Funny how "staying green" slogan is also important.

 

If the monitors had a high enough dynamic range then our GPUs might in contrast use less power as they won't need to do things like tonemapping, bloom, lens flares and so on, as the monitor and our eyes will do it automatically, so we may actually save electricity in the long run! laugh.png (although we may overall lose due to people accidentally setting fire to their homes and losing their eyesight after displaying a rendered sun on their monitor unsure.png )

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Ok so I actually went and read an article about the announcement -- http://www.extremetech.com/gaming/219038-amds-radeon-technologies-group-highlights-next-gen-display-standards-new-freesync-capabilities

Apparently a "HDR" display:

* uses 10 bit per channel instead of 8 bit.

* is 4 times brighter than current screens (maybe 40 times in the future).

* and maybe uses the Rec.2020 instead of sRGB or Rec.709.

 

10bpc is nice, but not new -- as mentioned earlier, it's called "deep colour" and it's been around for a decade in the consumer market, though uptake has been low.

Lots of 8bpc displays can actually already accept 10bpc signals, which they display via dithering.

On that note - lots of cheap LCD displays are actually only 6bpc, but they use dithering to display the 8bpc signal!

 

Brighter screens are always nice, but lots of people will turn them down anyway laugh.png All that matters is whether it can produce 256 (or now 1024) discernible steps between it's min and max brightness, spaced correctly as per it's colour space. However, it is important to note that colour spaces such as sRGB do actually define the brightness of the display, and the ambient brightness in the viewer's room -- the ambient brightness will actually effect the way that you perceive colour!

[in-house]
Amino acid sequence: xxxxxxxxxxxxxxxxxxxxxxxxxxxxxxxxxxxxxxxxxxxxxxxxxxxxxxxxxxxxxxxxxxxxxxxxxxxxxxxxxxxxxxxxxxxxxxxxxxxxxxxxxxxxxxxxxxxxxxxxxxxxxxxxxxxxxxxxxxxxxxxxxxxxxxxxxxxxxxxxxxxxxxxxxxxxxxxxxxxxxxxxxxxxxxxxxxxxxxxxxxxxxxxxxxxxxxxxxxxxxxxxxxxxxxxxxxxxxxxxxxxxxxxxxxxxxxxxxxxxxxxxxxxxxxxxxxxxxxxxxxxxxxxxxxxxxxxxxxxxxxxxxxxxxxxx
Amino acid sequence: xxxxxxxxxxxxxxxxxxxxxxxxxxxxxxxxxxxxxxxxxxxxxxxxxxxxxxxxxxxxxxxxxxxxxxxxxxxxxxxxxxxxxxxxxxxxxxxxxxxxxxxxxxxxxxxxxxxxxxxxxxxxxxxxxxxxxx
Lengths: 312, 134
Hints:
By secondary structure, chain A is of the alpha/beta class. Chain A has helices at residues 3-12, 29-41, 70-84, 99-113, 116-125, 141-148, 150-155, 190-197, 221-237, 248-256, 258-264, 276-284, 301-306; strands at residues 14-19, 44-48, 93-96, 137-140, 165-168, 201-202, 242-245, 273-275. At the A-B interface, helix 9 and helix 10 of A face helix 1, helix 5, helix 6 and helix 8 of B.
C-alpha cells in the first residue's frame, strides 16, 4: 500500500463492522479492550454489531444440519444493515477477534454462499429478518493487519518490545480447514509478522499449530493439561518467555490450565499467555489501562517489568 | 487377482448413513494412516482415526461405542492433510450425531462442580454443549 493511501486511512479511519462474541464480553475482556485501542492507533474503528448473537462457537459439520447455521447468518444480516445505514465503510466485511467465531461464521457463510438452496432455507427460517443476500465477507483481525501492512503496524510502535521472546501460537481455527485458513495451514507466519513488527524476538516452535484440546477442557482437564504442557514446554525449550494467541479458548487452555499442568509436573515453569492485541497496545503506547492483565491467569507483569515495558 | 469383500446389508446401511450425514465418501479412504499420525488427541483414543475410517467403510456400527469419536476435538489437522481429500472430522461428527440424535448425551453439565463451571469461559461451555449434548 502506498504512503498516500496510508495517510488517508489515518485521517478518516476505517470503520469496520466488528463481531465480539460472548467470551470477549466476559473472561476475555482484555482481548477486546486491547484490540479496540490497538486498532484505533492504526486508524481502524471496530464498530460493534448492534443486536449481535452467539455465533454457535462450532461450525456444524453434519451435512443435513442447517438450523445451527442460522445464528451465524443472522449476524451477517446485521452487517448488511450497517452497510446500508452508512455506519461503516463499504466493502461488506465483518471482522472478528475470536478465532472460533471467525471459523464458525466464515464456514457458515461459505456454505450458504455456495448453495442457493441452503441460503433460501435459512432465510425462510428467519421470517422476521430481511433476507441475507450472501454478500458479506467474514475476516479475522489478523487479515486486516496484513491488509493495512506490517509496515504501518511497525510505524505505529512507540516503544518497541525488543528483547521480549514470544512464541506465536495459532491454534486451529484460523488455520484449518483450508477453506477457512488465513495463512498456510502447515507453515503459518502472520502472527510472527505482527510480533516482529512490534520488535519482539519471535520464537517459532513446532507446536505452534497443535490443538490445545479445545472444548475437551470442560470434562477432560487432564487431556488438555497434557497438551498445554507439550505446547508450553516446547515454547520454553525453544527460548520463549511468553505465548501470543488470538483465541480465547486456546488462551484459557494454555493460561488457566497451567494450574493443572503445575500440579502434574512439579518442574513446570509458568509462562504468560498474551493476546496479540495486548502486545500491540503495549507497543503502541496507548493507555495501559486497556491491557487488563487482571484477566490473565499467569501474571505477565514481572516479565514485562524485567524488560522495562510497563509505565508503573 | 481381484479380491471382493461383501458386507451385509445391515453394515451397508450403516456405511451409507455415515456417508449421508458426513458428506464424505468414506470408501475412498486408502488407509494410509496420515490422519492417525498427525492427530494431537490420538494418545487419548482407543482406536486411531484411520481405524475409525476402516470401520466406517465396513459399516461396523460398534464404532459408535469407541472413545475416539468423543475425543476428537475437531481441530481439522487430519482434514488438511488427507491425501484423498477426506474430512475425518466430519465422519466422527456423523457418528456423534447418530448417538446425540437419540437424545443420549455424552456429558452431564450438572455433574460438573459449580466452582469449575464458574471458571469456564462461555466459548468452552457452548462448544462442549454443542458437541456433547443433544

10bits gives us 4x more values than 8bit, so a 4x increase in brightness makes sense... but if they're going to ramp that up to 40x brighter, than we'll need more than 10bpc....

 

Switching to Rec.2020 instead of sRGB is going to be a massive pain in the ass -- unless there is some kind of API created where you can ask the monitor what colour space it's using.

 

At the moment, sRGB is great because it's the standard for PC graphics -- it's the colour space of the internet. There's no existing way to ask your monitor what colour space it's using, but because sRGB exists and everyone accepted it as the standard, it's safe for games to simply assume that outputting sRGB values is the right thing(tm) to do.

If a new standard shows up on the scene, all that goes out the window. This would be ok if we can query the monitor -- the game's tonemapper can be configured to either convert to sRGB or to Rec.2020 -- but if we can't query the monitor, we can't ship artwork that's going to look the way in which the artist's intended.

At the last studio I worked for, we had a testing room with multiple properly calibrated displays, and a few "factory default" ones (usually has all the stupid "enhancement" sliders at 100%, oversaturating everything). All of the textures and post-fx would be tuned to look perfect (as decided by the art director) on the properly calibrated screens, while still looking adequate on the the badly tuned "factory default" ones. Adding a new colour space adds a 3rd batch of screens to tune for, but now two of those batches are "authoritative", and in a tug of war against each other. angry.png

Edited by Hodgman

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Is 10-bit color mode presentation supported on current OS desktop compositors? I was aware that, at least on Windows, it is not and dirty OGL "hacks" are needed .__.

 

Anyway, I really do not care about panel brightness, I do not use over 100-250 nit settings (depends on environment lightning): I did a laser surgery last year, and using higher brightness tire a lot my eyes.

 

What would be nice is having decent black without IPS glow or TN greysh shining....

 

Talking about APIs and hardware: what about 10-bit color compression? Is that supported on DXT/BC or on ASTC? Because I find really useless using 10-bit presentation without 10-bit textures.

Edited by Alessio1989